In this section, you will find orienting information and suggested strategies for beginning a Cyclical Program Review (CPR) self-study as part of the Queen’s University Quality Assurance Process (QUQAP). This section intends to address the question that everyone has at the outset: How do we get started? It’s intended as an initial overview of how to set up for success, particularly in ensuring that your CPR is focused on the academic program, curricular strengths, and future opportunities for continuous improvement.
The Self-Study as a Process
Engaging in a self-study as part of the CPR, is first and foremost a process. The process results in a product: the self-study report itself, which becomes a resource for your reviewers during the site visit component. The process is intended to be faculty-led and collaborative. It is not something that one or two people from the department can engage in alone. Rather, the process requires collective conversation, input, and reflection.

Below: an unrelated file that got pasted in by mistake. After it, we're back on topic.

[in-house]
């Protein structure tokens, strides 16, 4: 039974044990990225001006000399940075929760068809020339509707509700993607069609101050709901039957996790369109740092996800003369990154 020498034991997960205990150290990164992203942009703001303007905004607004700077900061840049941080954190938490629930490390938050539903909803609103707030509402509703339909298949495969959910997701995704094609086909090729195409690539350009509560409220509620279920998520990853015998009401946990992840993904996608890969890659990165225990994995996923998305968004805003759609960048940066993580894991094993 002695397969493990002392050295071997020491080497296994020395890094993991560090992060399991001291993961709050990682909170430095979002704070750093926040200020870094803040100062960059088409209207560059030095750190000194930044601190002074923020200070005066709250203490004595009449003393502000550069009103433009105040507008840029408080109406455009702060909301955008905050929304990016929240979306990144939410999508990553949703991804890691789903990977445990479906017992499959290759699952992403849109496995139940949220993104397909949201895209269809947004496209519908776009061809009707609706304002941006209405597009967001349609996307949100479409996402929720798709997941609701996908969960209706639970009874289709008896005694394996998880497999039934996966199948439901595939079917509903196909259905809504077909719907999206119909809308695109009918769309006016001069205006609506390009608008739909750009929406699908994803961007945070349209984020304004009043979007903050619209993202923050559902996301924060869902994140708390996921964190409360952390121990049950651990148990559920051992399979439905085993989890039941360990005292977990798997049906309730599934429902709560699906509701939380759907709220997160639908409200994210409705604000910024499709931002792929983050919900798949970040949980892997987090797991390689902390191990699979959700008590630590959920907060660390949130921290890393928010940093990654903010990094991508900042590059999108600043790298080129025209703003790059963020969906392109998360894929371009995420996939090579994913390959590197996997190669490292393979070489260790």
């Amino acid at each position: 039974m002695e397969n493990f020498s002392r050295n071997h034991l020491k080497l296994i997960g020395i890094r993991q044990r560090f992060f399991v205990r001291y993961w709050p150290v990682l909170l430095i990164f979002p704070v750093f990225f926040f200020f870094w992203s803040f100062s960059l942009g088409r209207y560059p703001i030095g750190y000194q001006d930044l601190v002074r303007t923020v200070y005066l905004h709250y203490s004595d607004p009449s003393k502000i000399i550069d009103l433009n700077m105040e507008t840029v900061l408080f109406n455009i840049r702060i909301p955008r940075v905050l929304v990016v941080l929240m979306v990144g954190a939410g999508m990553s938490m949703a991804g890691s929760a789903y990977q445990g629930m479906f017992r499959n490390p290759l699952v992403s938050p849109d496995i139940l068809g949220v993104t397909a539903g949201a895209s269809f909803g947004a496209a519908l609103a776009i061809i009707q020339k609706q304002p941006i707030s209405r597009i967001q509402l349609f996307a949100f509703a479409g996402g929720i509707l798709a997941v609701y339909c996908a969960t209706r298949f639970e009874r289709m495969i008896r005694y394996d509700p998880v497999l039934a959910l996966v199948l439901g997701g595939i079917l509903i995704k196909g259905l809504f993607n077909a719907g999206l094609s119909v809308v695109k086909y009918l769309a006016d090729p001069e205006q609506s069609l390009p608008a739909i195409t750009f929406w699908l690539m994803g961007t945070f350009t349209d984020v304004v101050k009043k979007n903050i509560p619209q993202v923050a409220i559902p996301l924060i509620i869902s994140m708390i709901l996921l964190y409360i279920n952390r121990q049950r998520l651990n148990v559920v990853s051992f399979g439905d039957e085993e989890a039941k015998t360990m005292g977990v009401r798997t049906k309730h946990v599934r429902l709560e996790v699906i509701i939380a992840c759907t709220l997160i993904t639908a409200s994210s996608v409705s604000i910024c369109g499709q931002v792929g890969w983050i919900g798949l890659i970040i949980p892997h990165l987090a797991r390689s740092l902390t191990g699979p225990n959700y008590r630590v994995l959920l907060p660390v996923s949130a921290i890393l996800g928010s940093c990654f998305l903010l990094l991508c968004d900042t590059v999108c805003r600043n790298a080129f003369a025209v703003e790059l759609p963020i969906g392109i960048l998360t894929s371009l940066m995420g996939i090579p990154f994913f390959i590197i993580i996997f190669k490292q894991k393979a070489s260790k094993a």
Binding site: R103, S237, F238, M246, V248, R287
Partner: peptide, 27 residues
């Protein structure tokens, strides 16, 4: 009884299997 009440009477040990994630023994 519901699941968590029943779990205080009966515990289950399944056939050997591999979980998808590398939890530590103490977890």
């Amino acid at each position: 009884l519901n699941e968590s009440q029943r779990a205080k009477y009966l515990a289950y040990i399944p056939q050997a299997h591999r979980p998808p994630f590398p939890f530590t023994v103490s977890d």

As a process, the self-study has many inputs including:
- Dialogue: Conversations between members of the academic program, including faculty, staff, students, and the community
- Existing Documentation: such as past QUQAP documents (the program’s previous self-study, final implementation report, subsequent reports), existing documentation about the academic program, its curricular structure, and faculty complement.
- Recent Progress and Changes: recent conversations and materials that reflect current or future directions of the academic program (e.g. vision statements, plans for curricular monitoring or change)
- Reflection: equally important to dialogue is time for critical reflection. Those involved in producing the self-study will likely need some time to reflect, write, and provide feedback as the self-study process is engaged.